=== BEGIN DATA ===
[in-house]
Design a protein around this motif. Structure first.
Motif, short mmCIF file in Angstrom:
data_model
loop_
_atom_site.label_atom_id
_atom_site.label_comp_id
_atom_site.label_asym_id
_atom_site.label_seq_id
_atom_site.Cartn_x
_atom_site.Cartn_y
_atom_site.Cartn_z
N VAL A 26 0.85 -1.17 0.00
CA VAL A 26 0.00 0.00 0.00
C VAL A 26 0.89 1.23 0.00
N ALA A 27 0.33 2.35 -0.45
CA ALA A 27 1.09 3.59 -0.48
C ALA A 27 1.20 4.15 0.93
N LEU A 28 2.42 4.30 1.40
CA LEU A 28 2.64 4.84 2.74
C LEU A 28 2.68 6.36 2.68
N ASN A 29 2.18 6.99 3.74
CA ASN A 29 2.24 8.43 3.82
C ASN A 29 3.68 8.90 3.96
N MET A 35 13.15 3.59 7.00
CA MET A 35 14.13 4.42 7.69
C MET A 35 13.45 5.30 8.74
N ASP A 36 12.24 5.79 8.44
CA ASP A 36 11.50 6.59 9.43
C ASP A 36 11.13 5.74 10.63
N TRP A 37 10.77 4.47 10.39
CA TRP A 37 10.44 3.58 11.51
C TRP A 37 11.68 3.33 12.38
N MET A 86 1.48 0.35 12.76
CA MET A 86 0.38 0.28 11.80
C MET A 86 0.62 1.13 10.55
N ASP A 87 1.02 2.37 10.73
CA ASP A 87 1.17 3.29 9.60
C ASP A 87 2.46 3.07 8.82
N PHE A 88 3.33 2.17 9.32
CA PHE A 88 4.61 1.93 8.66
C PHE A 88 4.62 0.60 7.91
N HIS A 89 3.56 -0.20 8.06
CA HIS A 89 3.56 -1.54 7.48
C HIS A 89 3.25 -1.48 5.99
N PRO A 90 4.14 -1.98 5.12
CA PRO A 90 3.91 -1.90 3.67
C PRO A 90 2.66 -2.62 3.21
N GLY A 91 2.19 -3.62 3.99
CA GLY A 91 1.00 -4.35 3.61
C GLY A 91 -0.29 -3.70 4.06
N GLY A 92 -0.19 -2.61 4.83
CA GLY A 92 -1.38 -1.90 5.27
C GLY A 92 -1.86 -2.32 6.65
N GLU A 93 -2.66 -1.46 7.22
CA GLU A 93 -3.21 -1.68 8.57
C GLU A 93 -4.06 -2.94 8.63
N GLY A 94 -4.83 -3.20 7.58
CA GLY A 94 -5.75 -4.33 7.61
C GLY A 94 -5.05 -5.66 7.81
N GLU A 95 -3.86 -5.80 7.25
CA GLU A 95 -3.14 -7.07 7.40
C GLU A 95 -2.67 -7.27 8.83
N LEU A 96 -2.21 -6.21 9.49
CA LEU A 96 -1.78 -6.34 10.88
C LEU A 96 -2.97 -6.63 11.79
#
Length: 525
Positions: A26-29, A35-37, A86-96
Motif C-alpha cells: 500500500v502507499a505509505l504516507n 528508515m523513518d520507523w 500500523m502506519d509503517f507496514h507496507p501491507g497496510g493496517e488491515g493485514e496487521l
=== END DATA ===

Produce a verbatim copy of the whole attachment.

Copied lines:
[in-house]
Design a protein around this motif. Structure first.
Motif, short mmCIF file in Angstrom:
data_model
loop_
_atom_site.label_atom_id
_atom_site.label_comp_id
_atom_site.label_asym_id
_atom_site.label_seq_id
_atom_site.Cartn_x
_atom_site.Cartn_y
_atom_site.Cartn_z
N VAL A 26 0.85 -1.17 0.00
CA VAL A 26 0.00 0.00 0.00
C VAL A 26 0.89 1.23 0.00
N ALA A 27 0.33 2.35 -0.45
CA ALA A 27 1.09 3.59 -0.48
C ALA A 27 1.20 4.15 0.93
N LEU A 28 2.42 4.30 1.40
CA LEU A 28 2.64 4.84 2.74
C LEU A 28 2.68 6.36 2.68
N ASN A 29 2.18 6.99 3.74
CA ASN A 29 2.24 8.43 3.82
C ASN A 29 3.68 8.90 3.96
N MET A 35 13.15 3.59 7.00
CA MET A 35 14.13 4.42 7.69
C MET A 35 13.45 5.30 8.74
N ASP A 36 12.24 5.79 8.44
CA ASP A 36 11.50 6.59 9.43
C ASP A 36 11.13 5.74 10.63
N TRP A 37 10.77 4.47 10.39
CA TRP A 37 10.44 3.58 11.51
C TRP A 37 11.68 3.33 12.38
N MET A 86 1.48 0.35 12.76
CA MET A 86 0.38 0.28 11.80
C MET A 86 0.62 1.13 10.55
N ASP A 87 1.02 2.37 10.73
CA ASP A 87 1.17 3.29 9.60
C ASP A 87 2.46 3.07 8.82
N PHE A 88 3.33 2.17 9.32
CA PHE A 88 4.61 1.93 8.66
C PHE A 88 4.62 0.60 7.91
N HIS A 89 3.56 -0.20 8.06
CA HIS A 89 3.56 -1.54 7.48
C HIS A 89 3.25 -1.48 5.99
N PRO A 90 4.14 -1.98 5.12
CA PRO A 90 3.91 -1.90 3.67
C PRO A 90 2.66 -2.62 3.21
N GLY A 91 2.19 -3.62 3.99
CA GLY A 91 1.00 -4.35 3.61
C GLY A 91 -0.29 -3.70 4.06
N GLY A 92 -0.19 -2.61 4.83
CA GLY A 92 -1.38 -1.90 5.27
C GLY A 92 -1.86 -2.32 6.65
N GLU A 93 -2.66 -1.46 7.22
CA GLU A 93 -3.21 -1.68 8.57
C GLU A 93 -4.06 -2.94 8.63
N GLY A 94 -4.83 -3.20 7.58
CA GLY A 94 -5.75 -4.33 7.61
C GLY A 94 -5.05 -5.66 7.81
N GLU A 95 -3.86 -5.80 7.25
CA GLU A 95 -3.14 -7.07 7.40
C GLU A 95 -2.67 -7.27 8.83
N LEU A 96 -2.21 -6.21 9.49
CA LEU A 96 -1.78 -6.34 10.88
C LEU A 96 -2.97 -6.63 11.79
#
Length: 525
Positions: A26-29, A35-37, A86-96
Motif C-alpha cells: 500500500v502507499a505509505l504516507n 528508515m523513518d520507523w 500500523m502506519d509503517f507496514h507496507p501491507g497496510g493496517e488491515g493485514e496487521l